Energetically and engagingly written, Alfred Tarski: Life and Logic, by Anita Burdman Feferman and Solomon Feferman, is a necessary addition to the growing list of contemporary biographies such as those of von Neumann and Cantor. This book will be enjoyed by logicians, mathematicians, historians and those interested in the life of a contemporary academic.
The story of Alfred Tarski (1901-1983) has it all: drama, love, intrigue, suspense, in short everything that makes a good story. The Fefermans cover all aspects of Tarski’s life. His childhood and early education and career in Poland up to the second world war, his serendipitous departure for the US just days before the doors out of Poland were closed, his family’s seven year struggle to join him in the US, his growing acclaim in the circle of logicians and philosophers and his establishment of a logic empire at Berkeley, and his notorious flirtations and carousing.
Much of the narrative revolves around Tarski’s colleagues and in particular his students, who rode the emotional rollercoaster of working with this eccentric and passionate man. Details of the life and work of those closest to him are seamlessly incorporated into the telling of Tarski’s life. Julia Robinson, George Kreisel and Rudolf Carnap among others play an integral part in this biography.
Tarski was a world leader in such areas as completeness and decidability theory, foundations and the Axiom of Choice, model theory and algebras of logic. High points of his mathematical work are presented in six inter-chapter interludes. This is an excellent way to present his work in logic, foundations and philosophy of mathematics without burdening the uninterested or unprepared reader. However, these interludes are written as a brief overview or review for the reader with a rather deep knowledge of logic. They are presented too hastily to teach the educated layman, or even mathematicians outside of logic, much if anything of Tarski’s contributions. With a little more detail, these chapters could have really added depth for those readers not already in the know.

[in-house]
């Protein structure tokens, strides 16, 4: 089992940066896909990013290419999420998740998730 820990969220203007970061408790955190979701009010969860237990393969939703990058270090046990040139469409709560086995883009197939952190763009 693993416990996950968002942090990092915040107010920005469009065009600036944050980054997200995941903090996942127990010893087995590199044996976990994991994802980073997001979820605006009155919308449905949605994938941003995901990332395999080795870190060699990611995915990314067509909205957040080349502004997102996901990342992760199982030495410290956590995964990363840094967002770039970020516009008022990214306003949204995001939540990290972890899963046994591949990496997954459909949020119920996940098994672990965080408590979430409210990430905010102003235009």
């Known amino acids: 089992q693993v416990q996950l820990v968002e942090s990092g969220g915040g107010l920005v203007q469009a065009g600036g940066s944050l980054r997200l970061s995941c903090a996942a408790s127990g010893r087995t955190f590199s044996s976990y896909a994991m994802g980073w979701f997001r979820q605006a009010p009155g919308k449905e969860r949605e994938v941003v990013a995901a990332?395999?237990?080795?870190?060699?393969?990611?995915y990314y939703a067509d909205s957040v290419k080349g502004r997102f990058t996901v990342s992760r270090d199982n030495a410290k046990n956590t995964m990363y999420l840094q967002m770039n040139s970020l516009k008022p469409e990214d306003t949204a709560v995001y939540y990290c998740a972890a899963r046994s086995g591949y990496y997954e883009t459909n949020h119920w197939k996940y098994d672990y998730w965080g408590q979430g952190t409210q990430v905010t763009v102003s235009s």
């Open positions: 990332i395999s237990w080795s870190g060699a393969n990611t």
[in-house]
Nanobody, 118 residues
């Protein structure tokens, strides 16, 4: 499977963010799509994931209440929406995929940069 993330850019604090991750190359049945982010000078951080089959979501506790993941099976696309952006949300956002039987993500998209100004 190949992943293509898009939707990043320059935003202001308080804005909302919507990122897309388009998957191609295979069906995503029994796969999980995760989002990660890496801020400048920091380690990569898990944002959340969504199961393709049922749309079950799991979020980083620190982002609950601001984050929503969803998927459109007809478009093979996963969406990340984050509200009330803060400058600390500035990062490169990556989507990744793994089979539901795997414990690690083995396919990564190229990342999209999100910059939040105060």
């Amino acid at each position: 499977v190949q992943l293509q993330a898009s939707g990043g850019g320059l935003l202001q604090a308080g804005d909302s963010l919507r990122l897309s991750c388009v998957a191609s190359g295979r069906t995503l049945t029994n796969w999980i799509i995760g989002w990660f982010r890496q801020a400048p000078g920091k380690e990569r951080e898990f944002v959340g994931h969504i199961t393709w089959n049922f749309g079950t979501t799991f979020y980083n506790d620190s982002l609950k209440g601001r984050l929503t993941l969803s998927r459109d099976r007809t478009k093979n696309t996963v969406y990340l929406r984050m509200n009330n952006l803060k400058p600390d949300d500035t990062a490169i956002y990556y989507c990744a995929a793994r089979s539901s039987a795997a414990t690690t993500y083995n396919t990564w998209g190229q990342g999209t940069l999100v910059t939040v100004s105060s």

The authors depict Tarski as both a giant among men as well a mere man, with all the accompanying faults and fears. In so doing many assumptions are made about Tarski’s emotions and motivations at various times in his life. Though this makes for interesting and enjoyable reading, and the authors take pains to point out that these are assumptions, it is nonetheless dangerous ground historically. It is too easy for the reader to forget the disclaimer and only remember the emotional depiction presented.
The Fefermans are well placed to write this biography. Solomon Feferman was a student of Tarski and thus knew the working as well as personal side of the man. Anita Burdman Feferman is not new to this line of work. Her biography of Jean van Heijenoort is a wonderfully and deeply written account of this equally flamboyant logician. Their look into the life and work of Alfred Tarski and his impact, both scientifically and emotionally on the people who knew him, is well written, well rounded and well done. It is a valuable contribution to the growing genre of mathematical biographies of substance.
Amy Shell-Gellasch is currently a freelance math historian living in Grafenwoehr Germany while her husband is on a three year tour of duty in Germany. She received her bachelor's degree from the University of Michigan in 1989, her master's degree from Oakland University in Rochester, Michigan in 1995, and her doctor of arts degree from the University of Illinois at Chicago in 2000. Her dissertation was a biographical piece on mathematician Mina Rees. Most recently, she conducted research with V. Fredrick Rickey on the history of the Department of Mathematical Sciences at the United States Military Academy, where she was an Assistant Professor.